Fifteen metres underground in the French city of Arras, you’ll find lots of caves. They date back to medieval times, and were used as chalk quarries before they were commandeered during the First World War in 1916. New Zealand and British miners were enlisted to extend the cave network to the front line in an effort to surprise German soldiers. By the time they were done, the cave network extended to more than 20km.
Carriere Wellington (Wellington Quary) gets its name from the city in New Zealand, while neighbouring caves were also given New Zealand city names. This aided the 500 New Zealand miners navigate the cave system, while the British soldiers used names from British cities. The cave pictured is one of many built by the kiwis.
Eight days before the start of the Arras offensive on 9th April 1917, 25,000 soldiers were sent to the caves to wait for the signal. The caves turned into a city underground. The soldiers cooked, ate, slept, talked and went to the toilet underground. Conditions were damp, cramped and cold. The tour of the caves reveals the story of a soldier, who although lucky enough to score a bunk bed, was dripped on constantly from the rocks above. He slept with a waterproof sheet over him in an effort to stay warm and dry.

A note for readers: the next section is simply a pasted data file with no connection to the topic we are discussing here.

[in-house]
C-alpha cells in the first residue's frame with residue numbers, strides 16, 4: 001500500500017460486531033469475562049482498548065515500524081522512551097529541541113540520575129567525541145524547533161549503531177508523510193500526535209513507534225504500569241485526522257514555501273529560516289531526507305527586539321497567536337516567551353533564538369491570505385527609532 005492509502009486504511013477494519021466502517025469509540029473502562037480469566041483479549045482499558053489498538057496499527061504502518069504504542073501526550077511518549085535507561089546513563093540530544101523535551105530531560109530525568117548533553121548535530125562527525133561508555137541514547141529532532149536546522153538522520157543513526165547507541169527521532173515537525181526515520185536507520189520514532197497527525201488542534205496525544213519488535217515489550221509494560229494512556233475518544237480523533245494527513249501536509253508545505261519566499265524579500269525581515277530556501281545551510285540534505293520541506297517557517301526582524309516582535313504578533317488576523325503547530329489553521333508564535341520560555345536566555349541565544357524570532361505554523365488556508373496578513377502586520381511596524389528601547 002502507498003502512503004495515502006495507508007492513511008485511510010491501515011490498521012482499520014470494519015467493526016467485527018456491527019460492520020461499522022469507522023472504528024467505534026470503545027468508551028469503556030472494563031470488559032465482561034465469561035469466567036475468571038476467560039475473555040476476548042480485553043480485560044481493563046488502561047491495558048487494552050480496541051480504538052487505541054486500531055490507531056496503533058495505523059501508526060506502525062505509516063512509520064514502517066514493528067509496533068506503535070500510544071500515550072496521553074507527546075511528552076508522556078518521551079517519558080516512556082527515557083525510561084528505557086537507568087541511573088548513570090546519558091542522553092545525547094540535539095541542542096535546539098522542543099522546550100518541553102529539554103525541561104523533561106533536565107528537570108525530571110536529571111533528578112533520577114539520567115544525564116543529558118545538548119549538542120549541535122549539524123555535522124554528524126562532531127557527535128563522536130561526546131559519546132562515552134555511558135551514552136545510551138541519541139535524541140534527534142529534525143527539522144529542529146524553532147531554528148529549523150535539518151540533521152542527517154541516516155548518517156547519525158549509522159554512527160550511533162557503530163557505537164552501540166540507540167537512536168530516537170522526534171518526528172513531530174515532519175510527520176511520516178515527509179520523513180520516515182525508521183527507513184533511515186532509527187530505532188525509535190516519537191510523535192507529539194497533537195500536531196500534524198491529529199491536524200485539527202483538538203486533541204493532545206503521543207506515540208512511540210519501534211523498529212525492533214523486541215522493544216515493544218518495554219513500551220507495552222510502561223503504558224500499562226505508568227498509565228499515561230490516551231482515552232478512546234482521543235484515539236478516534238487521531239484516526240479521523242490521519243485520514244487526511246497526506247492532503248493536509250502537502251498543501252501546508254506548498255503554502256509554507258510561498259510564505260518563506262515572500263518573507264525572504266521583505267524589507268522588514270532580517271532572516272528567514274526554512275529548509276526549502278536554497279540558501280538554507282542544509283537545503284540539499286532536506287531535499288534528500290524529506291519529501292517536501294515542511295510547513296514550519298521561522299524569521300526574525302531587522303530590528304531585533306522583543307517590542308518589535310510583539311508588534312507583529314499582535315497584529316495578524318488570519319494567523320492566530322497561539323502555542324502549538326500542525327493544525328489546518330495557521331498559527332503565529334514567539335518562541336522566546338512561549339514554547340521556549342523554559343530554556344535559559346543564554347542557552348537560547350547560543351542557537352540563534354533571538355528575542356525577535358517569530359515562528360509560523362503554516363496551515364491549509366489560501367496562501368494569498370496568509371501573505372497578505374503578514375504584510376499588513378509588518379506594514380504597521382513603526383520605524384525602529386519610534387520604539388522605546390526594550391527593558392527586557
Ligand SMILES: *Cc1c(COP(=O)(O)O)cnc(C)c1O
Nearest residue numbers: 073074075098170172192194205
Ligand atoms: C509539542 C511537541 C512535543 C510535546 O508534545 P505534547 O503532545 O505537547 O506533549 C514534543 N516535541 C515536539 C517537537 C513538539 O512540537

Finally, at 5.30am on 9th April, the solders used dynamite to blast open the exits near the German trenches. They gained 11km of ground quickly, but the offensive was called off some time later when allied forces casualties reached 4,000 a day.
The caves remain as a lasting tribute to those who lost their lives during and after construction of the caves. The tour guides provide interesting anecdotes and the multilingual headphones and low lighting make the soldiers’ stories really come alive. If you’re visiting Arras, make sure you save a few hours to visit the Carriere Wellington.